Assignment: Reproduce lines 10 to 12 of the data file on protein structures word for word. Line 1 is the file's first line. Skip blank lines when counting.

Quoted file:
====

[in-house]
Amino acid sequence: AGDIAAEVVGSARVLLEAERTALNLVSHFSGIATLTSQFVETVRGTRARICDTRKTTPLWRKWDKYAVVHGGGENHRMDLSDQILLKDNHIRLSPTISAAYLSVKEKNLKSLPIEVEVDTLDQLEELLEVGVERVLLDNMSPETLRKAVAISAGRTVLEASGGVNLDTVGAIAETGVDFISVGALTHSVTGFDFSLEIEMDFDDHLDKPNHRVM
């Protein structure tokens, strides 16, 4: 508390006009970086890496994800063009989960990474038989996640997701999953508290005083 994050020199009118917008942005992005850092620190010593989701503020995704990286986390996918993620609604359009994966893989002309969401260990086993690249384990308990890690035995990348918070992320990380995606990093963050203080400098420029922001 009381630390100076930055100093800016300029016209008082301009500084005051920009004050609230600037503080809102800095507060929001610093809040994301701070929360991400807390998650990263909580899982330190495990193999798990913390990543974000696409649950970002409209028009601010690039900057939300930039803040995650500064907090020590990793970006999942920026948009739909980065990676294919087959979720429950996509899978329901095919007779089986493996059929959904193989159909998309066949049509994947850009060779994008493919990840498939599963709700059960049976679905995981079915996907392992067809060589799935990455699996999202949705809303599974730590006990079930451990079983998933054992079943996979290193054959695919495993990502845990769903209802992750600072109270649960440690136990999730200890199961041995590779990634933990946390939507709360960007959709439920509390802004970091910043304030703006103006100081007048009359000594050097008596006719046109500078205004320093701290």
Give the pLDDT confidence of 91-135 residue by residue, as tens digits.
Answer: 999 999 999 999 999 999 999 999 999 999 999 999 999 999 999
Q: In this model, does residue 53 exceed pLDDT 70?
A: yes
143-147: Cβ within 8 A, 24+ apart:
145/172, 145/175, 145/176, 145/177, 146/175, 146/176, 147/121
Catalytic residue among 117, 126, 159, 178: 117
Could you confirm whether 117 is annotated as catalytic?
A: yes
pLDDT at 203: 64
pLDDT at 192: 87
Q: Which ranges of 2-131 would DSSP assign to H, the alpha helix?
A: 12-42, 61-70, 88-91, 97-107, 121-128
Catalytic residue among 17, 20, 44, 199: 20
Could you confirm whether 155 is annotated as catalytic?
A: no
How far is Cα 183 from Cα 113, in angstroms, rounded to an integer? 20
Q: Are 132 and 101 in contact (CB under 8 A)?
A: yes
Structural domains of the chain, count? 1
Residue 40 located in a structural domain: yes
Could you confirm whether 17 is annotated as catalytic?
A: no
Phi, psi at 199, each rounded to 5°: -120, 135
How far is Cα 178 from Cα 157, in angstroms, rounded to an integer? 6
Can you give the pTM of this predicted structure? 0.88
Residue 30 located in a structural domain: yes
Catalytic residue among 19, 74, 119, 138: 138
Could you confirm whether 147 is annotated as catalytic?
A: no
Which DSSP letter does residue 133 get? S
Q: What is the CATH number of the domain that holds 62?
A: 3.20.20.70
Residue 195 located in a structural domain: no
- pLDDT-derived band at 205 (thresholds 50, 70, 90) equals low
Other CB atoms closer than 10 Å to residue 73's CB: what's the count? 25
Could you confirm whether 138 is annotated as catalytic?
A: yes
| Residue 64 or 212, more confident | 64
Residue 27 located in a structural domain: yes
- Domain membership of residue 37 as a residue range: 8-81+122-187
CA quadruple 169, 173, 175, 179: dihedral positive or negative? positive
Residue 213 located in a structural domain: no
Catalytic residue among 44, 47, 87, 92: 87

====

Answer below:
Catalytic residue among 117, 126, 159, 178: 117
Could you confirm whether 117 is annotated as catalytic?
A: yes